About a couple of weeks ago, Egyptian state newspaper AlAhram announced new investments by Shell in exploration and production operations in its concession areas in the Egyptian Western Desert, carried out by Badr El Din Petroleum Company (BAPETCo) – its joint venture with EGPC responsible for its operations there. The news was also published in other outlets. Most disturbing about these reports is the information that Shell has successfully used hydraulic fracturing (fracking) in one of its wells and plans to apply the technique in the other viable wells it is currently exploring in the area. Fracking is hailed as a “new technology” successfully applied for the first time in Egypt and North Africa; this information is openly (and proudly) confirmed by Bapetco/ Shell.
While this controversial method extraction method is being hailed by Egyptian state media as a positive advancement in Egypt’s natural gas extraction operations, several countries – including France, Bulgaria, and South Africa – as well as the State of New York in the USA, have banned the practice due to its impacts on environment and the health hazards these pose, and due to strong indicators that counter the oil industry assurances of the safety of the process.
In a addition to the health impacts of higher levels of toxins and carcinogenic air pollutants – such as VOCs (volatile organic compounds) ozone, and benzene – around fracking well areas, the associated methane and GHG emissions should definitely be of particular concern to Egypt given its high vulnerability to the effects of climate change, most vulnerable sectors being coastal zones, water resources, and agriculture.
Natural gas from fracking could be ‘dirtier’ than coal, Cornell professors find
Fracking is also a water-intensive process, but beyond the water consumption aspect, the toxicity of the fracking slurry mixture pumped into the ground and resulting waste raises serious questions about its safety. This poisonous mixture poses a number of contamination risks to groundwater and the surrounding environment; be it through surface spills, common structural failures of the wells, or migration of the unrecovered slurry toward drinking water supplies – which, according to a recent study occurs far more quickly than experts have previously predicted: in the terms of “just a few years”.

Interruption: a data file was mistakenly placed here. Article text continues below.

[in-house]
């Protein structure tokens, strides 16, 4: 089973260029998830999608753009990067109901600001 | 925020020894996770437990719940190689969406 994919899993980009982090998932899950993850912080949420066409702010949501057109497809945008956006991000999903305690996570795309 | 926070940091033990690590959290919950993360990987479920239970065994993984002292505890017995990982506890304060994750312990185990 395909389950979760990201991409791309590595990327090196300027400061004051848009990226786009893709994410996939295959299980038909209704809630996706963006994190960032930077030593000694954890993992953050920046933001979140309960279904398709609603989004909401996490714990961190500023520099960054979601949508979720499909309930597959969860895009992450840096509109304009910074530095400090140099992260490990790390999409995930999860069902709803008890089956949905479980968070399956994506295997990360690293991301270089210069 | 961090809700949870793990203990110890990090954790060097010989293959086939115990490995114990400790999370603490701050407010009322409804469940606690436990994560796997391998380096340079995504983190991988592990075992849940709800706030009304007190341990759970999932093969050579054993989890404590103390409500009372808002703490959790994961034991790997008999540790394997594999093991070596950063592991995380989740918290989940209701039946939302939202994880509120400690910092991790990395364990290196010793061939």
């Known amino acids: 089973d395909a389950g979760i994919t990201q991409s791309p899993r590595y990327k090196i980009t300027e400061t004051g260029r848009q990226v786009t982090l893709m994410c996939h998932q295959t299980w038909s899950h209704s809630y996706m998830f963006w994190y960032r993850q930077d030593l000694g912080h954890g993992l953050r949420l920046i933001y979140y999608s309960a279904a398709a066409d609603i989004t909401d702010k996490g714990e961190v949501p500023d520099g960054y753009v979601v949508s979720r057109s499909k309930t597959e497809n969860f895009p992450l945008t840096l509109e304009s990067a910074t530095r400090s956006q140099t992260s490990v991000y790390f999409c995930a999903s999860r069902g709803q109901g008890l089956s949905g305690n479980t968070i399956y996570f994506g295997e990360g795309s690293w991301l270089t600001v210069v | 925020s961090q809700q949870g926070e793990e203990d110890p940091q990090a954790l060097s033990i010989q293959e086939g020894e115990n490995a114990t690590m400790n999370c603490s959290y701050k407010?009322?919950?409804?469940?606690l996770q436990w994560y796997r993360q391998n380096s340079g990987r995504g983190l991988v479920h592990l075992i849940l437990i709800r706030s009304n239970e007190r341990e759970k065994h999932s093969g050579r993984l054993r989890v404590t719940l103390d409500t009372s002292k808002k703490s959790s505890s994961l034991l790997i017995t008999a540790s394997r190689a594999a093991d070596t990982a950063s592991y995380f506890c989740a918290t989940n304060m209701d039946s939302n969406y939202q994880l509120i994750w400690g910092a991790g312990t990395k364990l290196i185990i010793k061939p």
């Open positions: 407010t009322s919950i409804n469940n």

There is no information on where Shell sources the water it uses for its operations in the Western Desert. With Egypt’s increasing water poverty, the application of a process that uses water extensively is simply unreasonable and unjustifiable. Moreover, communities in Siwa and Farafra Oases have since times immemorial relied on groundwater in the West Desert for agriculture. None of the Egyptian press releases and news articles cite any studies having been conducted on the impacts of fracking operations in the area, or the intention to monitor and assess the impacts on Egypt’s strategic groundwater reservoir and the communities that rely on them for their livelihood and sustenance.
The application of fracking in Egypt highlights the flaws and failures of the energy sector policy and decision-making process, which have prevented Egypt from following a sustainable development pathway: despite targets being set by the Ministry of Electricity and Energy for a 20% share of renewable resources in electricity generation by 2020, these targets have not translated into a concerted coordinated national strategy to guide the policy making process. Instead, energy subsidy incentivizes fossil fuel, and the Oil Industry – backed by the Ministry of Petroleum and Mining, and with complete lack of public consultation and oversight – pushes forward to increase production of resources that should be sustainably and transparently managed.
In the shorter term, this increase of production of natural gas is occurring with complete disregard to its environmental impacts. The fact that Shell is operating these wells and applying fracking should raise many red flags, given its track record in pollution and rights violations: methane migration reaching a drinking well and a diesel spill wiping out a pristine water supply in Pennsylvania, USA; lobbying, misrepresenting facts about fracking and buying up water rights in the New Mexico/ Colorado area, USA; running misleading adverts in the South African press – South Africa being now one of the countries that ban fracking – to cover up the impacts of fracking from the public.
However, despite Shell’s dodgy past in applying the technique, and the gravity of the potential impacts, fracking has been applied without prior public consultation and scientific assessment of its impacts and disclosure thereof. A meeting with the EEAA Head of the Central Environmental Impact Assessment Department revealed that there are no regulations for fracking. So, in addition to the impacts not having been adequately studied and assessed, dangerous aspects of the process such as the treatment and disposal of the toxic slurry remain unregulated. The lack of any consultation with the Western Desert communities that stand to bear the burden of the direct impacts of the fracking operations is yet another manifestation of policies that have long been driven by corporate interest and business profitability at the expense of communities’ rights to their environment and the sustainability of our resources.
EIPR issued a press statement on why fracking should be banned in Egypt. This technical brief on the dangers of fracking and what it means for Egypt outlines demands from the Egyptian government and oil companies.